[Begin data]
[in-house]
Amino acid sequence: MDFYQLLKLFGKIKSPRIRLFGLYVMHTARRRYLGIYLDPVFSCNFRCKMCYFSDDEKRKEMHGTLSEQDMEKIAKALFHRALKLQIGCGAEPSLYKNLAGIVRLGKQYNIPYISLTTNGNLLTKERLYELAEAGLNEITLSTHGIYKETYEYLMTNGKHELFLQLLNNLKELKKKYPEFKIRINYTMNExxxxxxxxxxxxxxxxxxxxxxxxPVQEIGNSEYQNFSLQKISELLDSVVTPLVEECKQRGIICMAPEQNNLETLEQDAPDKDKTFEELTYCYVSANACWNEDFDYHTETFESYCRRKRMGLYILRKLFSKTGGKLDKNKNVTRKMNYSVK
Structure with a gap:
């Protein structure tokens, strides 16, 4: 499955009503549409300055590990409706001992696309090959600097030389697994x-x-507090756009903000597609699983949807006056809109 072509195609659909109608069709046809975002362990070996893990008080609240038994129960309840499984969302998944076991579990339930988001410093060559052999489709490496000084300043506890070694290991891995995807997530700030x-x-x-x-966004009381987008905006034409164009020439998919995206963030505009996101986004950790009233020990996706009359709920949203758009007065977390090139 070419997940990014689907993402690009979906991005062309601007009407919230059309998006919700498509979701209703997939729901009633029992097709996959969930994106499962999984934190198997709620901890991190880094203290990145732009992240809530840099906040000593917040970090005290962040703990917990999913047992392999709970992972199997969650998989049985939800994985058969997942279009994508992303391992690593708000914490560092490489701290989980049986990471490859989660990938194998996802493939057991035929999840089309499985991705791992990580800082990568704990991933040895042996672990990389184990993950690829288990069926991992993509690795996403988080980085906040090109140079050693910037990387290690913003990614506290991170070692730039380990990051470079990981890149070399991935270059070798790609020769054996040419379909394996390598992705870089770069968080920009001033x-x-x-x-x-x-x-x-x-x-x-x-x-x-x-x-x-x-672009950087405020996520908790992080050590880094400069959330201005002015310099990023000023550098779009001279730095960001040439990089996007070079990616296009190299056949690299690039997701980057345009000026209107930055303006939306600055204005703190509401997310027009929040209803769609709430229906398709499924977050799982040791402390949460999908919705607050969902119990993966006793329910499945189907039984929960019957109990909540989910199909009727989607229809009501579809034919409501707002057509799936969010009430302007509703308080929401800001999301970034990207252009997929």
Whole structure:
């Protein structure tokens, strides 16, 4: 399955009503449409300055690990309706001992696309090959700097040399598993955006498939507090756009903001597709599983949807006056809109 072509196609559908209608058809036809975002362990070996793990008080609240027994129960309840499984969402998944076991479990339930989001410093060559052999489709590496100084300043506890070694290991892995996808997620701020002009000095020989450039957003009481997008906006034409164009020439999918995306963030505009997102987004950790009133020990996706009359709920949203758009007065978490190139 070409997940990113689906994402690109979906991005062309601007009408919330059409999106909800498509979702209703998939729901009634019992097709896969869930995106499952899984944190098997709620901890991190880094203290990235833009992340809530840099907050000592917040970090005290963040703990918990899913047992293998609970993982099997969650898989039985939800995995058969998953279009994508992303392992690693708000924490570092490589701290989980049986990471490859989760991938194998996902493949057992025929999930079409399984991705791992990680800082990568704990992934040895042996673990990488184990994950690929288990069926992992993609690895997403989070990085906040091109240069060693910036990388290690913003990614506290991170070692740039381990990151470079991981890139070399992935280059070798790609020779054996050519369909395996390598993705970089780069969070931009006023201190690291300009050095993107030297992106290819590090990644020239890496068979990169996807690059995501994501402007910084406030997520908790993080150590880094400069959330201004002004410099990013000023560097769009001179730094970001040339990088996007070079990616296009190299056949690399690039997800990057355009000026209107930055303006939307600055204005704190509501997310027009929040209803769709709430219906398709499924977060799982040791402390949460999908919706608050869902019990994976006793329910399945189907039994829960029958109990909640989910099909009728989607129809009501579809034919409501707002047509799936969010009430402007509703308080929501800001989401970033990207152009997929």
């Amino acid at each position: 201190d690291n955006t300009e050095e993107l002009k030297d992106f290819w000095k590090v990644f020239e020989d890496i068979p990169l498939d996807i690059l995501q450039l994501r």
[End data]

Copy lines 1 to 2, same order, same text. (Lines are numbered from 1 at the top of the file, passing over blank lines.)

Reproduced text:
[in-house]
Amino acid sequence: MDFYQLLKLFGKIKSPRIRLFGLYVMHTARRRYLGIYLDPVFSCNFRCKMCYFSDDEKRKEMHGTLSEQDMEKIAKALFHRALKLQIGCGAEPSLYKNLAGIVRLGKQYNIPYISLTTNGNLLTKERLYELAEAGLNEITLSTHGIYKETYEYLMTNGKHELFLQLLNNLKELKKKYPEFKIRINYTMNExxxxxxxxxxxxxxxxxxxxxxxxPVQEIGNSEYQNFSLQKISELLDSVVTPLVEECKQRGIICMAPEQNNLETLEQDAPDKDKTFEELTYCYVSANACWNEDFDYHTETFESYCRRKRMGLYILRKLFSKTGGKLDKNKNVTRKMNYSVK